Thieves steal catalytic converter in Gladstone Park in broad daylight as car owner calls police
by BRIAN NADIG
Two men wearing ski masks reportedly stole a catalytic converter at about 7:45 p.m. Saturday, July 23, while the car’s owner witnessed the incident while calling police from a porch near Meade Avenue and Northwest Highway in Gladstone Park.
A relative of the vehicle’s owner told Nadig Newspapers that his cousin yelled at the two men to stop but they continued to steal the catalytic converter from the hybrid vehicle. The men were gone by the time police officers responded, he said.
A picture of the two men shows one of them holding a reciprocating saw while the other appears to be on his cell phone while standing watch. The thieves had jacked up the front of the car in order to get under the vehicle and saw off the converter.
The photograph was posted in several neighborhood Facebook groups over the weekend. Thieves often target hybrid vehicles because the catalytic converters are worth more money, according to published reports.
The owner reported hearing a sawing noise and yelled at the offenders but they ignored the yelling and continued to commit the crime, according to 16th (Jefferson Park) District police. The men fled in a vehicle described as a black Chrysler 300 sedan with a temporary license plate, police said.
The men were described as Black, age 18 to 25, and wearing black clothing and ski masks, police said.
Since July 20 additional catalytic converter thefts were reported in the 4500 block of North Austin Avenue, 8600 block of West Bryn Mawr Avenue, 4000 block of North Menard Avenue, 6000 block of North Oconto Avenue and 5200 block of North Lawler Avenue, according to police.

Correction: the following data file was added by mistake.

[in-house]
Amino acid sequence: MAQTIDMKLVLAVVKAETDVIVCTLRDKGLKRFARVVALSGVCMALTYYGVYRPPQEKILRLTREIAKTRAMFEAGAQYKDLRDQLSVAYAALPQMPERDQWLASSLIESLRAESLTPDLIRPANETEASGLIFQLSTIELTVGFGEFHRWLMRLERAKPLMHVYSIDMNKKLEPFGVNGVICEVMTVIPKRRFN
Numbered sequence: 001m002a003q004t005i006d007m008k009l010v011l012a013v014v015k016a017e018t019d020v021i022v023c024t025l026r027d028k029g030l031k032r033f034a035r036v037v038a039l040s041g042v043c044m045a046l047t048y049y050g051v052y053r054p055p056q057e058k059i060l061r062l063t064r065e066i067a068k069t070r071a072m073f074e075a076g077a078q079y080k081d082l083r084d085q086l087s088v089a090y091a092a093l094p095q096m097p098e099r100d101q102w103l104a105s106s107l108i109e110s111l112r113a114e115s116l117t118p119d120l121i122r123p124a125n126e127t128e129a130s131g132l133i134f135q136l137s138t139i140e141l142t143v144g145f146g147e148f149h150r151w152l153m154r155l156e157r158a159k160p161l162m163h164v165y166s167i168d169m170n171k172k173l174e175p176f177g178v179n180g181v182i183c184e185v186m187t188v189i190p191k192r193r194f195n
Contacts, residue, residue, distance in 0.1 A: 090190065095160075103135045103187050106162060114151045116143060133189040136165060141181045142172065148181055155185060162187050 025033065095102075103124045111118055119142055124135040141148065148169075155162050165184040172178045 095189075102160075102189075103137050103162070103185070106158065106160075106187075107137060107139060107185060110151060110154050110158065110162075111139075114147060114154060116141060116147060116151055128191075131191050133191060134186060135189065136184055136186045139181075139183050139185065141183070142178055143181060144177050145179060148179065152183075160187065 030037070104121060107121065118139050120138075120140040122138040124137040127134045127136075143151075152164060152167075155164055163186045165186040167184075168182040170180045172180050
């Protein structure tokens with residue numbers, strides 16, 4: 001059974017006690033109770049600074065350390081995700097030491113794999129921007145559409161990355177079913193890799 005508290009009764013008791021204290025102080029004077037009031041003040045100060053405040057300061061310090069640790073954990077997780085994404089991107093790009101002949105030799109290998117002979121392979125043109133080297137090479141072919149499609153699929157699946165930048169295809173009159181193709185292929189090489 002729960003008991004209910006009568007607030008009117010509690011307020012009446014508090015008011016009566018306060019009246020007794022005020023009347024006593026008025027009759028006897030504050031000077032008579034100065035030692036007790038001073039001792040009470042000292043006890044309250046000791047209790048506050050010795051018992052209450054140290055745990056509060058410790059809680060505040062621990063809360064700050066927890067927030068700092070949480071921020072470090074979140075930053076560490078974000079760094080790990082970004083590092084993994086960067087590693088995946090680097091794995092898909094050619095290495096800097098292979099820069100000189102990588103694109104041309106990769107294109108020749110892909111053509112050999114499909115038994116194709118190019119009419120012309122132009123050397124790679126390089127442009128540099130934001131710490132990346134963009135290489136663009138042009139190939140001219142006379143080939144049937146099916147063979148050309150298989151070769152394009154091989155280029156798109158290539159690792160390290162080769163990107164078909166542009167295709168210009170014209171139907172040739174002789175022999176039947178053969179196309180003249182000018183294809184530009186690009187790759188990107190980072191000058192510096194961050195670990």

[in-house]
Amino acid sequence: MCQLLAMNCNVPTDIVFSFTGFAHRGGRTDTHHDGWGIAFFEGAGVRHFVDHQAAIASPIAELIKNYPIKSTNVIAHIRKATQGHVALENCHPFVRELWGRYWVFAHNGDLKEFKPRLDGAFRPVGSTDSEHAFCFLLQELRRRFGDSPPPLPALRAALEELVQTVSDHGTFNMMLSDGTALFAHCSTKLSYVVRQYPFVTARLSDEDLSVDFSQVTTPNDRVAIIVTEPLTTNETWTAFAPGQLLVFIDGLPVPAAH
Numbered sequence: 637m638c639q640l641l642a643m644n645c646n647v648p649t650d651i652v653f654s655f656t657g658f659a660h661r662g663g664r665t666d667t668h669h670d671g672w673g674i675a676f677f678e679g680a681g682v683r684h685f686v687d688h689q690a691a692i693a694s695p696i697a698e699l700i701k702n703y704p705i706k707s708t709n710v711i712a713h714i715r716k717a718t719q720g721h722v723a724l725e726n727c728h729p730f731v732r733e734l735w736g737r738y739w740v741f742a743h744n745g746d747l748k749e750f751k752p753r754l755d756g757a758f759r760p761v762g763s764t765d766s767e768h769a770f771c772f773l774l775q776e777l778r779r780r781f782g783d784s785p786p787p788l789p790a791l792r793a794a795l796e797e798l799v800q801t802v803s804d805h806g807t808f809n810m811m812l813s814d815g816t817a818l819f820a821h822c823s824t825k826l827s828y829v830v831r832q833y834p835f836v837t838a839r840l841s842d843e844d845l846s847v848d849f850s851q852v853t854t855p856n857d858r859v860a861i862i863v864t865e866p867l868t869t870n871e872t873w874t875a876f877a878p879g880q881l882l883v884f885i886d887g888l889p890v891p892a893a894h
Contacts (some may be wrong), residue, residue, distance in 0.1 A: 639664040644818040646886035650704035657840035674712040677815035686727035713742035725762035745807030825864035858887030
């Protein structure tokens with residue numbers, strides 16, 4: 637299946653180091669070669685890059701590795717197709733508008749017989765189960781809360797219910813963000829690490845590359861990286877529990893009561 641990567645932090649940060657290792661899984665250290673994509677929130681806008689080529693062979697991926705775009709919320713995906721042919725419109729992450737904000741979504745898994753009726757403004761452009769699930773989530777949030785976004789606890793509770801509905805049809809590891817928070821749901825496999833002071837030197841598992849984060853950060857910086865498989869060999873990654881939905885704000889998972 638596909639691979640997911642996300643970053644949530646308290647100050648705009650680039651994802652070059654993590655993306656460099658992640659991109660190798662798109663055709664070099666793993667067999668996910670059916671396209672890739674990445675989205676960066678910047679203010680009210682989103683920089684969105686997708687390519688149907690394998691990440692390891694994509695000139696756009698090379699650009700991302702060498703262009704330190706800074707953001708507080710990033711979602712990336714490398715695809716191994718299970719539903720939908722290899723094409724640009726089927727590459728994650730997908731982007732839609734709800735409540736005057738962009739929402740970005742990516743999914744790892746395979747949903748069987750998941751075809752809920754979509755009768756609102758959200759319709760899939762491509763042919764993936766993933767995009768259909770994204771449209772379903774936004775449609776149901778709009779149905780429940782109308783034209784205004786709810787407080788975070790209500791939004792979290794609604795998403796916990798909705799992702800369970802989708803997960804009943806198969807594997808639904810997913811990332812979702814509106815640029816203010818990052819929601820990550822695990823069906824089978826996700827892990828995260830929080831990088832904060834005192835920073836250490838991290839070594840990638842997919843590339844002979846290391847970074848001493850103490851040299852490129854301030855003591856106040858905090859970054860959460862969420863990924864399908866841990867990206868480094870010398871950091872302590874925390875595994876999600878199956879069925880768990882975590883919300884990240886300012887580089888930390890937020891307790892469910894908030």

District Commander Heather Daniel urged residents to call 911 if they witness a catalytic converter theft and not to confront the thieves because in some instances they have pointed guns.
Catalytic converter thefts typically occur between 2 a.m. and 5 a.m. on residential streets, but in recent weeks some of the incidents have occurred between 7 p.m. and 9 p.m. In addition, a converter theft recently occurred at about 11 a.m. at the Village Crossing shopping center in Skokie, according to police.
In a recent 20-day period, at least 25 catalytic converter thefts were reported in the 16th and 17th (Albany Park) police districts.
“They tend to occur in bunches, usually by the highway,” Daniel said.
A man reported that the catalytic converter from his parked delivery vehicle was stolen while he was inside it at about 3 a.m. Monday, July 11, in the lot of the Aldi store, 5001 N. Pulaski Road, police said. The man reported that he confronted the thieves but that one of them displayed a gun and that they fled after they finished removing the converter, police said.
The Norridge and Harwood Heights police departments recently held a crime prevention event in which a “high heat automotive spray paint” was applied to catalytic converters to make them less attractive to thieves because the paint might reduce their resale value of the converter.
Another prevention strategy is to have metal guards installed to shield the converter, making it more difficult for it to be removed. However, a converter recently was stolen in the 16th District from a vehicle with the guards, Daniel said.